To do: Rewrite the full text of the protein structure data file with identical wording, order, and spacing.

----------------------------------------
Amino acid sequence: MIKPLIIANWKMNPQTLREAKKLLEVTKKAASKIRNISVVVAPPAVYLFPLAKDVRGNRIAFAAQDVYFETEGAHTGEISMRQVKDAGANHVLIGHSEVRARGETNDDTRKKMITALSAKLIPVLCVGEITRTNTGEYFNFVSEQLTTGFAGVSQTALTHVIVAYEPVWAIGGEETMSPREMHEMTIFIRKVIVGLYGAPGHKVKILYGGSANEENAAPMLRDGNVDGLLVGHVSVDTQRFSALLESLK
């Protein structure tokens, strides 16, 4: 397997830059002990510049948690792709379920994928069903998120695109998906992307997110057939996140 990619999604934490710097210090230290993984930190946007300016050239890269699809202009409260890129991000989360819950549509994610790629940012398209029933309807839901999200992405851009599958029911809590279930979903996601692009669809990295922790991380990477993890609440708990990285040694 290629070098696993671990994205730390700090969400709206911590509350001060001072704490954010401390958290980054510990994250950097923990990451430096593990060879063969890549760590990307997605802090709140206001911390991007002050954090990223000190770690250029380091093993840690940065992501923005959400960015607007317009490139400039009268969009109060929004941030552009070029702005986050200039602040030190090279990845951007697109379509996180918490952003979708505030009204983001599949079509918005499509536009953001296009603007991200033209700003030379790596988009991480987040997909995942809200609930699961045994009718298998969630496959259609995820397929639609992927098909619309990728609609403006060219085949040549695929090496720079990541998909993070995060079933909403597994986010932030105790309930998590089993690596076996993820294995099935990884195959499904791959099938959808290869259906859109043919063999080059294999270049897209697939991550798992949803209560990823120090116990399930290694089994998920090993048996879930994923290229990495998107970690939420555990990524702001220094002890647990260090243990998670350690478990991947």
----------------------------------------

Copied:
Amino acid sequence: MIKPLIIANWKMNPQTLREAKKLLEVTKKAASKIRNISVVVAPPAVYLFPLAKDVRGNRIAFAAQDVYFETEGAHTGEISMRQVKDAGANHVLIGHSEVRARGETNDDTRKKMITALSAKLIPVLCVGEITRTNTGEYFNFVSEQLTTGFAGVSQTALTHVIVAYEPVWAIGGEETMSPREMHEMTIFIRKVIVGLYGAPGHKVKILYGGSANEENAAPMLRDGNVDGLLVGHVSVDTQRFSALLESLK
């Protein structure tokens, strides 16, 4: 397997830059002990510049948690792709379920994928069903998120695109998906992307997110057939996140 990619999604934490710097210090230290993984930190946007300016050239890269699809202009409260890129991000989360819950549509994610790629940012398209029933309807839901999200992405851009599958029911809590279930979903996601692009669809990295922790991380990477993890609440708990990285040694 290629070098696993671990994205730390700090969400709206911590509350001060001072704490954010401390958290980054510990994250950097923990990451430096593990060879063969890549760590990307997605802090709140206001911390991007002050954090990223000190770690250029380091093993840690940065992501923005959400960015607007317009490139400039009268969009109060929004941030552009070029702005986050200039602040030190090279990845951007697109379509996180918490952003979708505030009204983001599949079509918005499509536009953001296009603007991200033209700003030379790596988009991480987040997909995942809200609930699961045994009718298998969630496959259609995820397929639609992927098909619309990728609609403006060219085949040549695929090496720079990541998909993070995060079933909403597994986010932030105790309930998590089993690596076996993820294995099935990884195959499904791959099938959808290869259906859109043919063999080059294999270049897209697939991550798992949803209560990823120090116990399930290694089994998920090993048996879930994923290229990495998107970690939420555990990524702001220094002890647990260090243990998670350690478990991947």